My Lord, I think it will be needless to add more, or to recapitulate. The sentiments which are expressed in this letter, are not my own only, but those of many learned and well-meaning divines of the established Church, whose opinions I consulted before I ventured thus to address your Grace, and who are most anxious to see your primacy farther distinguished by an undertaking, “ the expediency of which,” to use the words of bishop Lowth, " grows every day more and more evident.” A great and enlightened predecessor of your Grace, archbishop Secker, was most desirous of accomplishing that, which, I trust, will now devolve on you ;-—and his corrections of the English translation, and critical remarks on the llebrew text, not only constitute one of the most valuable manuscripts in the library of Lambeth Palace, but leave on record an irrefragable testimony of the zeal with which he would have promoted a revision, had he not been unexpectedly thwarted. It is believed, my Lord, that the illustrious personage who now holds the reins of government, predisposed in favor of the measure, would readily sanction it, if your Grace would signify your opinion of its expediency. Be yours then the honor of a work, which assuredly will not be left undone many years longer. The reputation which Dr. Reynolds obtained in 1607, by persuading King James to authorise a revision of the common translation, might now be transferred to you; and jealous, my Lord, would every good Churchman be, should any other person enjoy it, but the head of the Church.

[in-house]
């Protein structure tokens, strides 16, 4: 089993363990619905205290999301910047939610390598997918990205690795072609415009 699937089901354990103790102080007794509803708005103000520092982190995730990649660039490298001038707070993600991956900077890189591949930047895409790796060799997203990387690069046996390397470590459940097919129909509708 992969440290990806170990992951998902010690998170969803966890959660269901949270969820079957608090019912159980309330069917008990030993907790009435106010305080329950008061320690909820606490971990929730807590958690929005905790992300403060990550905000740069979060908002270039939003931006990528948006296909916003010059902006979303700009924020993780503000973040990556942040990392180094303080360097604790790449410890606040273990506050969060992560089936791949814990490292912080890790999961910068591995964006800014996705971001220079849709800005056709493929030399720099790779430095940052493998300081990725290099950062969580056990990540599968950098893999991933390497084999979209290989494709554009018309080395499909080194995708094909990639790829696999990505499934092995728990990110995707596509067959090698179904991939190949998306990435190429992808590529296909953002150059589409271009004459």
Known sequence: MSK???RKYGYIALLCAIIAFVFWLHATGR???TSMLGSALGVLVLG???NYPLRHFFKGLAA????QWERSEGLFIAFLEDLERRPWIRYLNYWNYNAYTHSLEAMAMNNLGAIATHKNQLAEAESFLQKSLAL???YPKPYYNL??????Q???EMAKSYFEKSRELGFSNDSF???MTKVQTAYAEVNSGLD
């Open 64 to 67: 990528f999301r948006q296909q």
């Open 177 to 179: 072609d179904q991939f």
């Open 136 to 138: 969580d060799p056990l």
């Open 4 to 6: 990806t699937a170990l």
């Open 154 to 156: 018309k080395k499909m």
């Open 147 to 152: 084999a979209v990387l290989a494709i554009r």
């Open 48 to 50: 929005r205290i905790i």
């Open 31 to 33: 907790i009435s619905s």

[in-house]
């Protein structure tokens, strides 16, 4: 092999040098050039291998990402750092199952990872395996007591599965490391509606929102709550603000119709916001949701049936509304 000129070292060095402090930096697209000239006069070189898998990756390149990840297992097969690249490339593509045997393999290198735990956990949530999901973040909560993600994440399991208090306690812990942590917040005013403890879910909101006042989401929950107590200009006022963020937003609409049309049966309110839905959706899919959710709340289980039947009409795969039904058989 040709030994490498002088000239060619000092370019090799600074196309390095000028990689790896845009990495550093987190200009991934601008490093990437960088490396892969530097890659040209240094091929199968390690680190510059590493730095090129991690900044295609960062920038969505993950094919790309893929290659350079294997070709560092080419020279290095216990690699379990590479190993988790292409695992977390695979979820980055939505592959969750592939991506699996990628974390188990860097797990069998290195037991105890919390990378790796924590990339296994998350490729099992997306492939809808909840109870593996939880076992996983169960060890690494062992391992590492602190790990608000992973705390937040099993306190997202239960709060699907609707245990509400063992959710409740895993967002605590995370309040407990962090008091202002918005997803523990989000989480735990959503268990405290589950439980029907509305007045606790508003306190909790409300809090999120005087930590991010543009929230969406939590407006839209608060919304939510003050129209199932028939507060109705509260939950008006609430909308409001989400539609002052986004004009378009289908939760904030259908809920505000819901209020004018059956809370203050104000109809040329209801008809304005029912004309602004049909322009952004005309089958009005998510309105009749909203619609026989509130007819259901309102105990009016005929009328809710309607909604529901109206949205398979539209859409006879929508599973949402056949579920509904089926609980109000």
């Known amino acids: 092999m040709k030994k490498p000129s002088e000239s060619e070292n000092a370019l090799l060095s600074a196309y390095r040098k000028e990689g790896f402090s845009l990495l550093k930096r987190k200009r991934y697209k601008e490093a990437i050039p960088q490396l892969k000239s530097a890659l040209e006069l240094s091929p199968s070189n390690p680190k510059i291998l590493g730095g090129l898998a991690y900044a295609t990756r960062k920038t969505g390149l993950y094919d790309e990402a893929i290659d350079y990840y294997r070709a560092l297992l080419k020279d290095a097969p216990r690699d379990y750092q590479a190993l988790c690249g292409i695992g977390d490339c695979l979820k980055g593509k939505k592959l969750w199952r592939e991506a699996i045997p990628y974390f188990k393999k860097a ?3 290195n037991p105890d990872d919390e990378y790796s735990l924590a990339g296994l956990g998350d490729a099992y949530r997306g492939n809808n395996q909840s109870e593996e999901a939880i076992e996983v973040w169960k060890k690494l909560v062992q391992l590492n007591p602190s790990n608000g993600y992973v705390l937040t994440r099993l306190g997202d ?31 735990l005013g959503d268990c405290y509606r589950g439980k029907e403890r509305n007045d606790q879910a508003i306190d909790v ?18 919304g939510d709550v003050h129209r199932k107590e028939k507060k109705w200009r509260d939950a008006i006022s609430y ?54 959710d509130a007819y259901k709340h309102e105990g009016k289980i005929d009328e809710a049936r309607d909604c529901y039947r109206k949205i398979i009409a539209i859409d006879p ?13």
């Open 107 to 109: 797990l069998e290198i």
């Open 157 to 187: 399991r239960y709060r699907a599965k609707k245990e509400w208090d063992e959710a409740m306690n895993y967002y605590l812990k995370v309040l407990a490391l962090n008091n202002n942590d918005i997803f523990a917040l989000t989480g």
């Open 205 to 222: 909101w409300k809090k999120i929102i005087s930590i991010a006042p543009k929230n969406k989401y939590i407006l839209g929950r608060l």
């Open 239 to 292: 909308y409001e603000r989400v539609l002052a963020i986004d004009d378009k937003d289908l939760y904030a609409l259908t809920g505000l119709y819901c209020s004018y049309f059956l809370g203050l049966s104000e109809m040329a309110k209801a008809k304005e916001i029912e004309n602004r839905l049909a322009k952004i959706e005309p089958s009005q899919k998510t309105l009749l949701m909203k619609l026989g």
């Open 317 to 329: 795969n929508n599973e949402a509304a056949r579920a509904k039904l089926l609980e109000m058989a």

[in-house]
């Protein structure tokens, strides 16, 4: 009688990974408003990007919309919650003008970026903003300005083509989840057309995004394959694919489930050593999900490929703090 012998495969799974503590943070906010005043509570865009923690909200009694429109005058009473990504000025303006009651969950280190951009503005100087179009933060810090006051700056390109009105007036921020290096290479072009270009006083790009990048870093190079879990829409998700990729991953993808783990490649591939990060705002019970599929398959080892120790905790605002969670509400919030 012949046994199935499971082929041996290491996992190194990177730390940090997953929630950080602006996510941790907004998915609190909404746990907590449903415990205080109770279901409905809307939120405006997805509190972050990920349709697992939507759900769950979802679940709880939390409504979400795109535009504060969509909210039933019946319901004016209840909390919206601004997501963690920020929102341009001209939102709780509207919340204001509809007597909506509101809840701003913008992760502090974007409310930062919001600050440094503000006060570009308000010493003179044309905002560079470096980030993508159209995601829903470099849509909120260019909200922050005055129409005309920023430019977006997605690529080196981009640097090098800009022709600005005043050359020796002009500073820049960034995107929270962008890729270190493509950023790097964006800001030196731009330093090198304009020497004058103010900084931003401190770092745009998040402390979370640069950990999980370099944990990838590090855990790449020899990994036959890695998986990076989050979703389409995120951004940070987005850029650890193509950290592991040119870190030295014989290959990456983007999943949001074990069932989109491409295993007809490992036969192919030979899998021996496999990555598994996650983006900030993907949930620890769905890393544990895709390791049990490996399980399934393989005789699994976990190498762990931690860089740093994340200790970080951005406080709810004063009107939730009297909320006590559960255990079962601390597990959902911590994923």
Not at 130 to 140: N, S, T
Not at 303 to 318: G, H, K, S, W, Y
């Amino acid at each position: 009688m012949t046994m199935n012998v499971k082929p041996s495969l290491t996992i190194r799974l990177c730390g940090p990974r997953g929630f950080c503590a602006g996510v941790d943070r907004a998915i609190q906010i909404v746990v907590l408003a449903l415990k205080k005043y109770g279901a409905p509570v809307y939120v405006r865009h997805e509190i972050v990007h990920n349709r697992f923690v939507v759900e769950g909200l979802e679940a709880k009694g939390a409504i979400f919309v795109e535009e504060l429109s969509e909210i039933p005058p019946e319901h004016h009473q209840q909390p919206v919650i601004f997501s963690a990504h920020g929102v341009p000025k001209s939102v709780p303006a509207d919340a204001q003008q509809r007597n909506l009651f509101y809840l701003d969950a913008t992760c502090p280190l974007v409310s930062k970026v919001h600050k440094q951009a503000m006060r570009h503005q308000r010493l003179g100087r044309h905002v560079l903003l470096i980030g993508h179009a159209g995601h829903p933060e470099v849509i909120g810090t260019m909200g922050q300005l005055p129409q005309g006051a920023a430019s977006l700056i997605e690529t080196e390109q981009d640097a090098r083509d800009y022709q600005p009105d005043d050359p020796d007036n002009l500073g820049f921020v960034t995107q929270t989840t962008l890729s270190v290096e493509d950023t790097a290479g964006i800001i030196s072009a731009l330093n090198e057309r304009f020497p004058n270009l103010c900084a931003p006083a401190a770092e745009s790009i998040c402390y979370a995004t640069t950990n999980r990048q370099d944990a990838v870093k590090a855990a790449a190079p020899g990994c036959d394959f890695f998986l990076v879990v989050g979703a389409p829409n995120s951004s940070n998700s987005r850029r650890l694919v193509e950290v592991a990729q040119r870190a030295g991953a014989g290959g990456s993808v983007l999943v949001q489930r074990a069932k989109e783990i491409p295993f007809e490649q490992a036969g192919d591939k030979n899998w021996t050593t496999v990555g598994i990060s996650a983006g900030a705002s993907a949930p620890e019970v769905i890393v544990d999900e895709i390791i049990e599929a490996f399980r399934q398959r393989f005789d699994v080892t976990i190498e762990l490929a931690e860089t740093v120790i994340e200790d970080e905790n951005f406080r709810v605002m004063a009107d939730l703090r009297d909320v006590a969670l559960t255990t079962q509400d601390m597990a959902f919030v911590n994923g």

I have the honor to be,
An Essex RECTOR.